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No Hope Or A Living Hope

by Julius Hovan

(Transcribed from the Words of Life Radio Program)

 

Welcome to this broadcast of Words of Life. What a blessing it is for us to come into your home or maybe your car radio or however you are listening. We are glad you have turned in today and listen to the words of encouragement that we will bring to you.

A man by the name of Bruce Larson has written a book My Creator, My Friend.  And he tells this story. He says a man is going through the state of Kentucky, here in America, and he was interested in seeing some of the countryside and so he took one of the county roads, little country roads to go out into some of the rural areas and he came to a town that they had a sign that said: No Hope, Kentucky. Well, he drove around in that little area and he looked for a church and there was a sign and there was a lovely white structure and the sign outside said this. The No Hope Baptist Church.

Now I have not searched out whether that is true or not even though I live in Kentucky and I could probably find that out. The story is interesting. Do you have hope?  Or no hope? What a difference it makes. It is so tragic that many people claiming to be God’s people, claim to be Christians, are not living a life that is full of hope.

I don’t care if you use the various denominational phrases—Baptist, Presbyterian, Methodist, Church of Christ, whatever it might be—if you have no assurance of hope, the onslaught of evil and error all around deals us a terrible blow and our future has been wrecked. Our hope has died and despair grips our hearts in the present time. We live in pessimism and gloom dominates our thinking, our speaking and our lives. Think about that.
Well, I want to offer you a contrast this morning for the New Testament Church in whatever town it might be, even in No Hope, Kentucky. That church, if it is a Bible believing church teaching the Word of God, it can give a vibrancy of hope.

Our text for this broadcast today is in the book of 1 Peter chapter one and I would like to begin reading with verse three. Blessed be the God and Father of our Lord Jesus Christ  who, according to his great mercy, begat us again unto a living hope by the resurrection of Jesus Christ from the dead. And he has brought us into an inheritance incorruptible, undefiled that fades not away. And it is reserved in heaven for you. You who by the power of God are guarded through faith unto a salvation ready to be revealed in the last time.  Oh, therein you greatly rejoice, though now for a little while, if need be, you are put to grief in manifold trials, the purpose being that the proof of your faith more precious than gold that perishes, though it is proved by fire, you may be found unto the praise and glory and honor at the revelation of our Lord Jesus Christ, whom not having seen yet you love him.  On whom you believe, yet you rejoice greatly with joy unspeakable and full of glory. And what is the result? Receiving the end of your faith, even the salvation of your souls.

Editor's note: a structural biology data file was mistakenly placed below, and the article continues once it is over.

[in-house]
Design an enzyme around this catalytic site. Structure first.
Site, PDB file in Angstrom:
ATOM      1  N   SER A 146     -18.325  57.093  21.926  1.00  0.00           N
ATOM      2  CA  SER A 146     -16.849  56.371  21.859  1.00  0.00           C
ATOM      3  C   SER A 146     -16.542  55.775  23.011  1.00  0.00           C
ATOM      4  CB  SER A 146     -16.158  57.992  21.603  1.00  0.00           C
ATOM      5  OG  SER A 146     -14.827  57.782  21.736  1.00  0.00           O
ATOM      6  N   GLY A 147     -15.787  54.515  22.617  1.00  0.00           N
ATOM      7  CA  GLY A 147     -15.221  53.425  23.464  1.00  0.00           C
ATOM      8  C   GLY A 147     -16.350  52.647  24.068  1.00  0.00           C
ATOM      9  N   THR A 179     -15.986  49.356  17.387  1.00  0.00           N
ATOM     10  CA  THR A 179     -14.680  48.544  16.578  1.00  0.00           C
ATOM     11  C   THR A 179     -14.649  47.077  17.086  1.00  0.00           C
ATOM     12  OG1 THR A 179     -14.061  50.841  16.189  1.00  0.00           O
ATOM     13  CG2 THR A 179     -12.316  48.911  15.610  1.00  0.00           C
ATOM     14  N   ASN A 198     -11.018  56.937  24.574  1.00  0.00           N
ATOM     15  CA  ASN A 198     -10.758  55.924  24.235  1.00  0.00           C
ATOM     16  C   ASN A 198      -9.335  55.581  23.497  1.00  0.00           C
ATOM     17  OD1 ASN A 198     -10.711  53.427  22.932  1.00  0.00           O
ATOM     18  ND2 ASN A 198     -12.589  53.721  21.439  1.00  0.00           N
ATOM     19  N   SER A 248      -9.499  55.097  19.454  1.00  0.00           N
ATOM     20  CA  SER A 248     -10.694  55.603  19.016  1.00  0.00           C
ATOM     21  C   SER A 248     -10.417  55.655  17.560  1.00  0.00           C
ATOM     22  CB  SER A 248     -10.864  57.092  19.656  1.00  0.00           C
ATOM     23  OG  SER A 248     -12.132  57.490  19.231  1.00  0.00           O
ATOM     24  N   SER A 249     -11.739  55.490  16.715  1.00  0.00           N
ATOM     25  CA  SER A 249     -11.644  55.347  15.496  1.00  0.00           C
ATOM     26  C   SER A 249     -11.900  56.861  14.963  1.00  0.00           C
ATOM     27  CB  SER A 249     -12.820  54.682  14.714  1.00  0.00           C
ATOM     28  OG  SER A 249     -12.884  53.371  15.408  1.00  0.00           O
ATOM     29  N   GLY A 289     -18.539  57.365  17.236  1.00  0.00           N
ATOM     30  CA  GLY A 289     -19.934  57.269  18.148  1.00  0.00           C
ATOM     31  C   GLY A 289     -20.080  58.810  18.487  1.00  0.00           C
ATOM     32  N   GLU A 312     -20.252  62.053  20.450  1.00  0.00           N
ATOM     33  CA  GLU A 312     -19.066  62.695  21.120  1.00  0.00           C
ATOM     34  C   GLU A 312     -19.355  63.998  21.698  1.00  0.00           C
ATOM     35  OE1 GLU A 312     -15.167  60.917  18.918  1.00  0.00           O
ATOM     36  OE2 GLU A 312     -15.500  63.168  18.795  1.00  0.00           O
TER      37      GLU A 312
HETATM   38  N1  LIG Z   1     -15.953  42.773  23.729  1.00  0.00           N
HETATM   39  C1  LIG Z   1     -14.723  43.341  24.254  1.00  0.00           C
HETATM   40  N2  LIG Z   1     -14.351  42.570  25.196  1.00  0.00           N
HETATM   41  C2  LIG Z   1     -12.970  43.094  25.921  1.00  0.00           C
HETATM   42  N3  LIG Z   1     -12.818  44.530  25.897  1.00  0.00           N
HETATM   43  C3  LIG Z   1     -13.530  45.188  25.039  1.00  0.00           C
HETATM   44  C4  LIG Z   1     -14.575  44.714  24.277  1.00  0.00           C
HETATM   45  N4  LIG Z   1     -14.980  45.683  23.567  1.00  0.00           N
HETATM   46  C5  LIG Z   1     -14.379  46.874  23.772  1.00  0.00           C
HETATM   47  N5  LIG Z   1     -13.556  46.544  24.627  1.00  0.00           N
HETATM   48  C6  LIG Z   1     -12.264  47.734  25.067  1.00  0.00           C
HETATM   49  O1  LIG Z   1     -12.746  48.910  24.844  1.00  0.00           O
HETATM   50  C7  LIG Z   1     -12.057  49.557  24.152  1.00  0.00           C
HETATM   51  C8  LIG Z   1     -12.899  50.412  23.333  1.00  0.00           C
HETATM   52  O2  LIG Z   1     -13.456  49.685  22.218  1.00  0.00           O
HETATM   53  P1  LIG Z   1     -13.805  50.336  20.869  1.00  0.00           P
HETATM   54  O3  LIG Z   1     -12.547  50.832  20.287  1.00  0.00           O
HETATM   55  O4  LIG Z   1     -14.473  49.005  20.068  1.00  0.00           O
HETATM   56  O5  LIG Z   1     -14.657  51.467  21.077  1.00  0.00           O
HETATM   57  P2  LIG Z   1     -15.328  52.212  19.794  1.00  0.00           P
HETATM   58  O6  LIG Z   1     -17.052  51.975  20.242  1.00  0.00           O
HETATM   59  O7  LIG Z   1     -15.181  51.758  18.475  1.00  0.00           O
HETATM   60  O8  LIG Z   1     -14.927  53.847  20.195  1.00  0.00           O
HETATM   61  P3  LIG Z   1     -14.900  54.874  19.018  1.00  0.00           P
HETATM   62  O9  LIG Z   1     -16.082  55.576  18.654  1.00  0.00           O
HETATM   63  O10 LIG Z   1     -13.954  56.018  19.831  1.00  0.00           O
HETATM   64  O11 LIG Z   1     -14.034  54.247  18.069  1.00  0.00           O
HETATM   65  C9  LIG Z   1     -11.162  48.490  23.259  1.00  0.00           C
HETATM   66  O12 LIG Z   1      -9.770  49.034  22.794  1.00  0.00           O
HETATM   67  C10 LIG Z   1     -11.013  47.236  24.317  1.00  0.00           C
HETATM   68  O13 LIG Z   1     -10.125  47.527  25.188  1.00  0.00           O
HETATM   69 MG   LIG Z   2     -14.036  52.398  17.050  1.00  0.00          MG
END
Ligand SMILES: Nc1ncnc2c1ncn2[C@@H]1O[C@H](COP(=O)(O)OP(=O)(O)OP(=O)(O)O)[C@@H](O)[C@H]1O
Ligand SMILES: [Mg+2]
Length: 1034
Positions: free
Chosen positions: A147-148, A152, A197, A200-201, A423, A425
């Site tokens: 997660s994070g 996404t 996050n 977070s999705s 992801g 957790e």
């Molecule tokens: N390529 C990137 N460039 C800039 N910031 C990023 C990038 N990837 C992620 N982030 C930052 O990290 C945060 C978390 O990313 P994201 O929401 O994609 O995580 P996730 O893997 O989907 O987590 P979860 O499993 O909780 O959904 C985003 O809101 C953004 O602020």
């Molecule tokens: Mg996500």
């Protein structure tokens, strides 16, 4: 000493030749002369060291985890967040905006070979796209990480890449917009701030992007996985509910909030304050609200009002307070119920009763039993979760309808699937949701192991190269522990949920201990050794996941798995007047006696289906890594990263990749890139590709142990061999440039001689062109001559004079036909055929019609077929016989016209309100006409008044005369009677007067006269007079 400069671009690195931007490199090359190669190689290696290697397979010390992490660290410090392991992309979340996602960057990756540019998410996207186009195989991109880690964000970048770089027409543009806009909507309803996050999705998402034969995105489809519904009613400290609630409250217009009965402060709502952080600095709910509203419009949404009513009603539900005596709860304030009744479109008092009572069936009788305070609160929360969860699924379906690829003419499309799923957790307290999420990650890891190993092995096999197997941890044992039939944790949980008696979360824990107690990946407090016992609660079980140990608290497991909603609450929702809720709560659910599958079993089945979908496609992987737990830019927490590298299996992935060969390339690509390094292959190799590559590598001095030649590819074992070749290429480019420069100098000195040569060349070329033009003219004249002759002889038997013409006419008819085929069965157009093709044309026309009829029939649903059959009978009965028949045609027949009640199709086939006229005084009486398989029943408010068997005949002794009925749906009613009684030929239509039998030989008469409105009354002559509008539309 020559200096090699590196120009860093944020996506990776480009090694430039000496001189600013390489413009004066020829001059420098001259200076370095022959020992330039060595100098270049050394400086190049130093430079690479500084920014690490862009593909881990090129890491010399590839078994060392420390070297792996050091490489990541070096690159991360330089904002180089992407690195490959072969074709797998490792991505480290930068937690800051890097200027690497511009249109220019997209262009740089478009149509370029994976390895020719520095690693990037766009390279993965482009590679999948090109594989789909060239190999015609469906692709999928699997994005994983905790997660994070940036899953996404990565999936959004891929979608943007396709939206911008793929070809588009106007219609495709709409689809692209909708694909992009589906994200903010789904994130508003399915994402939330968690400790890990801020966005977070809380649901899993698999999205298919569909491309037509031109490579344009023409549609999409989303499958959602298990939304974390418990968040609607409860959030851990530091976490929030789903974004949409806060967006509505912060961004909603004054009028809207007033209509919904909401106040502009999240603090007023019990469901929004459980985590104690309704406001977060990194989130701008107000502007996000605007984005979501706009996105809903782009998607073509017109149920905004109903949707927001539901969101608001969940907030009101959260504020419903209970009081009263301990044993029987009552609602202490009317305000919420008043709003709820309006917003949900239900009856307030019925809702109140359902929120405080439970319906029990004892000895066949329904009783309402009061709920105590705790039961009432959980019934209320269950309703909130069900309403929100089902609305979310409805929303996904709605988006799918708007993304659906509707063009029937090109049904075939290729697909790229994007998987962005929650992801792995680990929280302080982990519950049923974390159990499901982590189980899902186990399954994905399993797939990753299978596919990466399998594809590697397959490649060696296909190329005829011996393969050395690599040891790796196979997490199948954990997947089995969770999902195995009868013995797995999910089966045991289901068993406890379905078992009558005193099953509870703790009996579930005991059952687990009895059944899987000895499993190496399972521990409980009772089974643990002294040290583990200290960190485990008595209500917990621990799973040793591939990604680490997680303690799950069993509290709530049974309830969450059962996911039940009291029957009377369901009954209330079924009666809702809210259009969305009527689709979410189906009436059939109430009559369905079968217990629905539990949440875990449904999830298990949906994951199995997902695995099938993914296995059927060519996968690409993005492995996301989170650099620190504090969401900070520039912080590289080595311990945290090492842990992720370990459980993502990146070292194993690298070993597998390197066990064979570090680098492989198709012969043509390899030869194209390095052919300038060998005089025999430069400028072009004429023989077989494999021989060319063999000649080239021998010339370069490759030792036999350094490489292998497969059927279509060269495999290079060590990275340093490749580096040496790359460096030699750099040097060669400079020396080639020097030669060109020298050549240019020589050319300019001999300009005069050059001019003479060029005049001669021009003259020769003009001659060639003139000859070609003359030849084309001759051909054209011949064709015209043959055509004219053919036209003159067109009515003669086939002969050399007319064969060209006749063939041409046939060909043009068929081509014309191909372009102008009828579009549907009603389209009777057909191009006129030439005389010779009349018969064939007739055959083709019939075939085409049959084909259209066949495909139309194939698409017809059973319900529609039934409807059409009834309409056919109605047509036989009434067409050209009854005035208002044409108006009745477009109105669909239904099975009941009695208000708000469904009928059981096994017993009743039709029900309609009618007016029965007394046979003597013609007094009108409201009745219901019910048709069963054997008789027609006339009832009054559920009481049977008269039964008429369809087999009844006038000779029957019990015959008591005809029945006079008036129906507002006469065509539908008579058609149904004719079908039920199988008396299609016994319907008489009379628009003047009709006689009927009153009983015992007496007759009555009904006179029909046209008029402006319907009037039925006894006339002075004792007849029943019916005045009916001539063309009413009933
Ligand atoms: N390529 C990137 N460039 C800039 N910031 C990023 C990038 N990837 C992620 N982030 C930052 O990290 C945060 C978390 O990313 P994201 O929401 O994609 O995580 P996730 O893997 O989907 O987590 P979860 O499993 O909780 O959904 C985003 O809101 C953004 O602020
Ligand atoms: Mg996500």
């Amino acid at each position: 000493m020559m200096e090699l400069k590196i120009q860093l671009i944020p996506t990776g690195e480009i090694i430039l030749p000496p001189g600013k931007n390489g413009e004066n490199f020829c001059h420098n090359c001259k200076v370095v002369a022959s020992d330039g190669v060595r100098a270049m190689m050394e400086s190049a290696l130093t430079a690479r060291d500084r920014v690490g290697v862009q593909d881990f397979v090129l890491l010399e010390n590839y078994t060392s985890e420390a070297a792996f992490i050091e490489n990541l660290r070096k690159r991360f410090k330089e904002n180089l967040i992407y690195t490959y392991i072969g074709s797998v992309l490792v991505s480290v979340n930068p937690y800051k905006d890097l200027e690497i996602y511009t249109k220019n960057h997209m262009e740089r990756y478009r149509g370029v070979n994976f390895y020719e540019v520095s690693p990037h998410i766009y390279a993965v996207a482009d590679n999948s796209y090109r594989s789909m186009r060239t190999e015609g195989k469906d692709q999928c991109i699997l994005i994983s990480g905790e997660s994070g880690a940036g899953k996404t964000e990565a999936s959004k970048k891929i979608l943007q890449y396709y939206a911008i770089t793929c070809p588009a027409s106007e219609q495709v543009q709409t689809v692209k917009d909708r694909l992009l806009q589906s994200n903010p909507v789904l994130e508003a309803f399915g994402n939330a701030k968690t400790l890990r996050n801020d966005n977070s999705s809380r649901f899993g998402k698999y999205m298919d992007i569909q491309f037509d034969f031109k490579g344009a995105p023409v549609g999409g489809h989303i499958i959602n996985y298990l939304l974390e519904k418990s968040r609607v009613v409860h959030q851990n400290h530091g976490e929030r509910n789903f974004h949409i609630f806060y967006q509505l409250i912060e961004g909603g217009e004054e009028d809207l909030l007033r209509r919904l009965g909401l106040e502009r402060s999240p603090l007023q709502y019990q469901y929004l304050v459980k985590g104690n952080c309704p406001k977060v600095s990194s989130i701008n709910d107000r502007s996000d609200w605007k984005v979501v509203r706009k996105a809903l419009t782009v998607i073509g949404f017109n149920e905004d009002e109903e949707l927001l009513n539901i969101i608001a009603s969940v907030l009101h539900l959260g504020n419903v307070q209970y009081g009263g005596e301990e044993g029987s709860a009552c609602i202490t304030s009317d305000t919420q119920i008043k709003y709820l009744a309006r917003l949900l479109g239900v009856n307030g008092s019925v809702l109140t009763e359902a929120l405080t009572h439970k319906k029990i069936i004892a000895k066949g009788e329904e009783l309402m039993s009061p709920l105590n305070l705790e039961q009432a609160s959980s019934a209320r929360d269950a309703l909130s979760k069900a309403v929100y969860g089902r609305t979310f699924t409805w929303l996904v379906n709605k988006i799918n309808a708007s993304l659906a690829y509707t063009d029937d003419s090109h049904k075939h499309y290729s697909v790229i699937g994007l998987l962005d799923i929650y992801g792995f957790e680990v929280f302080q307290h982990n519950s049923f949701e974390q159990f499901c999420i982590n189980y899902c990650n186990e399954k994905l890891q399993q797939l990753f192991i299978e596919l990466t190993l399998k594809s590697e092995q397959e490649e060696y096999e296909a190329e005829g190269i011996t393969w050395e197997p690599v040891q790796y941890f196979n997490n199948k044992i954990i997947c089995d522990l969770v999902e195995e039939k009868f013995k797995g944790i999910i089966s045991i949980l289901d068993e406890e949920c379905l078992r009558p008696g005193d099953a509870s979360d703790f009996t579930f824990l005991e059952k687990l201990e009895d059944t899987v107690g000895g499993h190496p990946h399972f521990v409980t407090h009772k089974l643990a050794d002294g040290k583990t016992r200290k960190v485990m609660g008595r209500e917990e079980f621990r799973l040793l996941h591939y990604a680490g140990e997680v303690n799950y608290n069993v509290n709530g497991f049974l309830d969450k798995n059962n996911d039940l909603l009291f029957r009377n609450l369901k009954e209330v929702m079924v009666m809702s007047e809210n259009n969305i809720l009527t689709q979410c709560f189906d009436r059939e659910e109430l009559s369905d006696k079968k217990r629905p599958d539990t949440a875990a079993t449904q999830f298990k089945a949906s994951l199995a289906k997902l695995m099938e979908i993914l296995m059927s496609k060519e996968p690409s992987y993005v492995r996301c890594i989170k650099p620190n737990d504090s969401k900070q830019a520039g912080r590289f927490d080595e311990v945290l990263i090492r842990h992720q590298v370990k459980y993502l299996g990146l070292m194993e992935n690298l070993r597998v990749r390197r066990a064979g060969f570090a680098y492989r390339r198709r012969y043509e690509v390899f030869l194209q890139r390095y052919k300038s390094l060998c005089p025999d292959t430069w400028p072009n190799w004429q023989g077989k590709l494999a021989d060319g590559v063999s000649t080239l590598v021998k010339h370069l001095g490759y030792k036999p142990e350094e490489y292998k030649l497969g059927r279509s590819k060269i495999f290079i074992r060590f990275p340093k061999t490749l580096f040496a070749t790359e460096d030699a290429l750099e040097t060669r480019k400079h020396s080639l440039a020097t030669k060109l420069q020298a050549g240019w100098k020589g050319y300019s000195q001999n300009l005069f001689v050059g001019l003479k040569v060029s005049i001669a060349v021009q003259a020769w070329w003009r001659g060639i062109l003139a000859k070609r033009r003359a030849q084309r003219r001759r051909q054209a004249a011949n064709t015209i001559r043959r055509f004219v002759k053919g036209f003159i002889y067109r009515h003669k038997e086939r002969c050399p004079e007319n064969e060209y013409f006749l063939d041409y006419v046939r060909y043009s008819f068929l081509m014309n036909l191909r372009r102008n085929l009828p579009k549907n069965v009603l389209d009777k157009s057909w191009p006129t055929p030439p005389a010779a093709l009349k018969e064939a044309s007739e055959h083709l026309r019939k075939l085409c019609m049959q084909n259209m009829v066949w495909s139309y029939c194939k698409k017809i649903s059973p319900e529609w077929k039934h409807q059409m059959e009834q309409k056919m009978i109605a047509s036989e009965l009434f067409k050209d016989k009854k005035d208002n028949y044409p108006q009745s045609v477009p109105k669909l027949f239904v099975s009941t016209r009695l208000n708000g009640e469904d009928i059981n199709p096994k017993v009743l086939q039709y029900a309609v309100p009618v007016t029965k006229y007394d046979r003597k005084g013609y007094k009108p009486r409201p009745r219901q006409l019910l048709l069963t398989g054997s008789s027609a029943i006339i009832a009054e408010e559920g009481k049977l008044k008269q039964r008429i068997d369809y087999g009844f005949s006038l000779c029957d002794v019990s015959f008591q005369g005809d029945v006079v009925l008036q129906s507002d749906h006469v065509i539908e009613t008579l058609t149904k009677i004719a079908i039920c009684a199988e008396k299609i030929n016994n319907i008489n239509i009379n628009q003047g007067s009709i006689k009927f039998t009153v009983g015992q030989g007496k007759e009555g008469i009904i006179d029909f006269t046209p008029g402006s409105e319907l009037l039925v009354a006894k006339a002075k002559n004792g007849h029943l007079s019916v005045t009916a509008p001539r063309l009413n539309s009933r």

I want to center on that verse that speaks to us of hope. I don’t know your situation this morning.  It would not surprise me if some listener to whom I am speaking is in a place of despair and sadness and trouble and heartache and sees no hope for solving whatever the problem might be.

The apostle Peter, under the inspiration of the Spirit is able to provide us some hope. It is hope that is living. It is lively. It is undying.  It produces a life full of hope, hope which is alive. Those words just try to describe that hope to us.

He counts our blessings in the third verse and on down through the rest of that passage. And we find there good hope. Hope is the air we breathe when we are born again into the kingdom of God.

A man by the name of Dr. Frank Steele insisted that the Church, the Christian especially, should never use the word despair in reference to us. Despair is the condition of having no hope.

Listen to the words from the book of Ephesians chapter two verses 12 and 13 that address this issue.  You were at that time separated from Christ. You were alienated from the commonwealth of Israel. You were strangers from the covenants of the promise having no hope and you were without God in the world. But now notice that next little three letter word, B U T.  We are going to jump into a whole new world now. But now in Christ Jesus you that once were far off are made nigh in the blood of Christ.

Oh, we are far off in despair. We are in a situation that provides hopelessness. But in this passage of Scripture we learn that Jesus has come and to say to us, regardless of your circumstances, for the believer there is hope. The bleakest and darkest of days have light for the followers of him who is the light of the world.